Issue 20 July 2022 Accessible

We’re all in this together

Carers were able to access information and find out how they can get help at a special event in Norwich.
Senior Carers Leads Pip Everett and Jill Curtis joined Care for Carers for the date at The Forum, which had the messages 
“We’re All in it Together” and ”Together we are Strong”.
The event was the first the two organisations had held together since the COVID pandemic and they were unsure how many people would come along.
Pip said: “Understandably, carers are still a little apprehensive of attending large venues with concerns over their own health and those that they care for.”
But she was pleased to report attendance was steady throughout the day. “It was great to see some old faces as well as making those important initial contacts with relatively new carers. It was also a great opportunity for services to share information with each other and for professionals to increase their knowledge of what’s available.”
The event was opened by Stuart Richardson, CEO of NSFT, and there were more than 60 stalls  promoting services to help support unpaid carers. 
Blackdog Music Project, provided entertainment outside the Forum, attracting a good crowd from passers by, who were encouraged to come in to view the stalls.
Blackdog is a user-led charity set up to provide music sessions for people with disabilities who cannot access mainstream music organisations due to mental health or social barriers. The event raised £115 from donations for the project.
Peter Rowley, chairman of Care for Carers, sent “a big thank you”, to everyone who made the information day”a fantastic success”. The next carers event at the Forum will be held in October, celebrating World Mental Health Day.
Pip said: “Hopefully, as people become more confident about being out and about, this event will be firmly fixed in carers ‘calendars as the place to be.”
Care for Carers started in March 2007, with their first event in September 2010. It was such a success they were asked to organise other local events, including one at The Forum in 2013.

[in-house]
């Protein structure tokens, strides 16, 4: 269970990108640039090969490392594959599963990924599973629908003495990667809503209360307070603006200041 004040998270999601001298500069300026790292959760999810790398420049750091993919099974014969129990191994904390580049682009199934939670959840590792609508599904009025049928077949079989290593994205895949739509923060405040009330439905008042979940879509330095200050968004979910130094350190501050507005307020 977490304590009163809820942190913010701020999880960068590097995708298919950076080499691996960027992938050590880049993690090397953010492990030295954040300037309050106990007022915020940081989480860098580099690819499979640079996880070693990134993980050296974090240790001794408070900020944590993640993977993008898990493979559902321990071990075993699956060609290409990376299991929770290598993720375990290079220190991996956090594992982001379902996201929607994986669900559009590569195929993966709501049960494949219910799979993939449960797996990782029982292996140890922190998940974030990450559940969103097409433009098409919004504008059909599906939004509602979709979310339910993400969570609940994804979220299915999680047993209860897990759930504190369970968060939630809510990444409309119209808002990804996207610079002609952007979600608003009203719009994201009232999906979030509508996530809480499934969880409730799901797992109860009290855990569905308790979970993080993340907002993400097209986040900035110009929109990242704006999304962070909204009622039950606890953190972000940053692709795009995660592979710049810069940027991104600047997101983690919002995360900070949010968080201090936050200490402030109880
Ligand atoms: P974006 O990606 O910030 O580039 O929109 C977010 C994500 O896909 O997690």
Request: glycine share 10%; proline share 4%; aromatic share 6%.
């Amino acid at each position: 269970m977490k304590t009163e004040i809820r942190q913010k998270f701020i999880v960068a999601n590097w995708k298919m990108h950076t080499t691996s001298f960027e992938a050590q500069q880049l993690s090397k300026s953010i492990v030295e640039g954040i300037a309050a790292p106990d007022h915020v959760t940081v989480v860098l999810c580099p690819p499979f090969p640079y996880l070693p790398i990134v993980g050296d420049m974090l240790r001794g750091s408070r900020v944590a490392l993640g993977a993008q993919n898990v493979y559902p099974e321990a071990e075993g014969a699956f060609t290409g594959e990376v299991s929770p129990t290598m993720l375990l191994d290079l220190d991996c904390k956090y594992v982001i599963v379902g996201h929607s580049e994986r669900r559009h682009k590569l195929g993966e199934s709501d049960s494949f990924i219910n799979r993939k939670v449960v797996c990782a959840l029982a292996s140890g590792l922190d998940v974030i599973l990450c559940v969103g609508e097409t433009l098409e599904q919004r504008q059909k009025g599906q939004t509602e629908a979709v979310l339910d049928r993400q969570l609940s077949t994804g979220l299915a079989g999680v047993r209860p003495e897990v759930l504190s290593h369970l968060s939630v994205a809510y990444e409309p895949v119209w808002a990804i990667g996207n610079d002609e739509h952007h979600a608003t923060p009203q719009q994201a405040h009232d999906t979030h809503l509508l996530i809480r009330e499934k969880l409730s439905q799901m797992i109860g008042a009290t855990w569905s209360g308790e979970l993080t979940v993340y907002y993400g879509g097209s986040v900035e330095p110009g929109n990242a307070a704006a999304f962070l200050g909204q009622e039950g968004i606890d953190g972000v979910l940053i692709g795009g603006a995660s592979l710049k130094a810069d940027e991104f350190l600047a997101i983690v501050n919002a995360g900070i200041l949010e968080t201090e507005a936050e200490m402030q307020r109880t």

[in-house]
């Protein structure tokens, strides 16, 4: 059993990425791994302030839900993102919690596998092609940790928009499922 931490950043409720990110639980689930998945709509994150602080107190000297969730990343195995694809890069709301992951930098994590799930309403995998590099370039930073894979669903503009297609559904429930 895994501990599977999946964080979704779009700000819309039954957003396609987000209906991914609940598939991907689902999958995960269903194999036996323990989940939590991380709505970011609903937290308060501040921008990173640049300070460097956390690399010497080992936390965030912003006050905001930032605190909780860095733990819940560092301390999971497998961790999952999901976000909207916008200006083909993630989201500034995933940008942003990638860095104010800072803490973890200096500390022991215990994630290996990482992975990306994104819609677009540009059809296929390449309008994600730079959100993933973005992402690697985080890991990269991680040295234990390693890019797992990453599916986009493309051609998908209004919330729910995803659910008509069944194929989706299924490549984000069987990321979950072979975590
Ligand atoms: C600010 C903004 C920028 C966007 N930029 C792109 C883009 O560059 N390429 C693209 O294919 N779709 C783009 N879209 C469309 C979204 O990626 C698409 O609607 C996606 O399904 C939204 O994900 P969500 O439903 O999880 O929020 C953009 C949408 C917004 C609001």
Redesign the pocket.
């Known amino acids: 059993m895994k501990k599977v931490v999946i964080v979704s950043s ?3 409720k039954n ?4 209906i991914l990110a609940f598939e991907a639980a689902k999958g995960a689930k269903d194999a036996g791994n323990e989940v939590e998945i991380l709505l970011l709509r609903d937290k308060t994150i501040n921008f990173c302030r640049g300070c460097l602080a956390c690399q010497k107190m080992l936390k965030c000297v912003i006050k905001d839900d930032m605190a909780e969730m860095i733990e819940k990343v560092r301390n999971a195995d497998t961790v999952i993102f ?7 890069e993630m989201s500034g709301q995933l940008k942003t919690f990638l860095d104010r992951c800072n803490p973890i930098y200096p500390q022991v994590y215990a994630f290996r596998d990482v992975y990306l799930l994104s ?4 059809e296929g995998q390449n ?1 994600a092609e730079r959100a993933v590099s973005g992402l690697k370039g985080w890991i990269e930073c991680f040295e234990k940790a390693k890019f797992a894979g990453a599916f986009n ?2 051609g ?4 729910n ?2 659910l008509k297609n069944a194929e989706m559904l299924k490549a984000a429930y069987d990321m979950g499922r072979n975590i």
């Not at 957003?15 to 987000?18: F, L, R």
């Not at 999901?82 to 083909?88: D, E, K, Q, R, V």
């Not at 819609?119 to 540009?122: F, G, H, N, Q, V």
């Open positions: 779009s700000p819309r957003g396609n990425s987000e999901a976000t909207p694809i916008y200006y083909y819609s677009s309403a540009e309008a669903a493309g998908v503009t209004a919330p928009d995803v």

New ways to reduce barriers

Norfolk County Council is exploring new ways to reduce barriers identified by carers of people living with dementia in accessing the outdoor spaces and its associated health benefits.
Monument is a trans-national project exploring technological and social innovation to strengthen the resilience of informal carers of people living with dementia.
It provides:

  • Information on local dementia-friendly services
  • An accessible digital platform
  • Tests and trials of assistive technology
  • Training and support on outdoor activities for carers 
  • Guidance for outdoor leisure providers
  • Events and opportunities to get outdoors
  • Dementia-friendly activities that make the most of natural spaces

The charity Dementia Adventure is providing inspiring free training in Norfolk about the benefits of being active in nature. 
Training will be available for unpaid carers of people living with dementia. 
If you’d like to know more about Monument’s activities or training, email:

A working partnership
Carers UK is partnering with Barclays LifeSkills to help those over 50 remain in work, many of whom may be struggling to juggle work with caring responsibilities.
As the UK’s population grows older and more people continue in employment into later life, juggling work 
and care will become more prevalent and it’s essential for employers to create accommodating workplaces that enable those who are working and caring to balance both.
Barclays LifeSkills was developed in 2013 and the new three-year partnership with Carers UK will help more carers join the 9.4 million people who have already benefited from developing the skills to thrive in the workplace.
Feeling confident to approach topics such as flexible working can help carers stay in work for longer, whilst acknowledging that small changes to their working pattern can help them in their caring responsibilities. 
Additionally, the partnership will mean that more employers will understand the benefit of developing a carer-friendly work environment, with 600 carers currently leaving the workplace every day.

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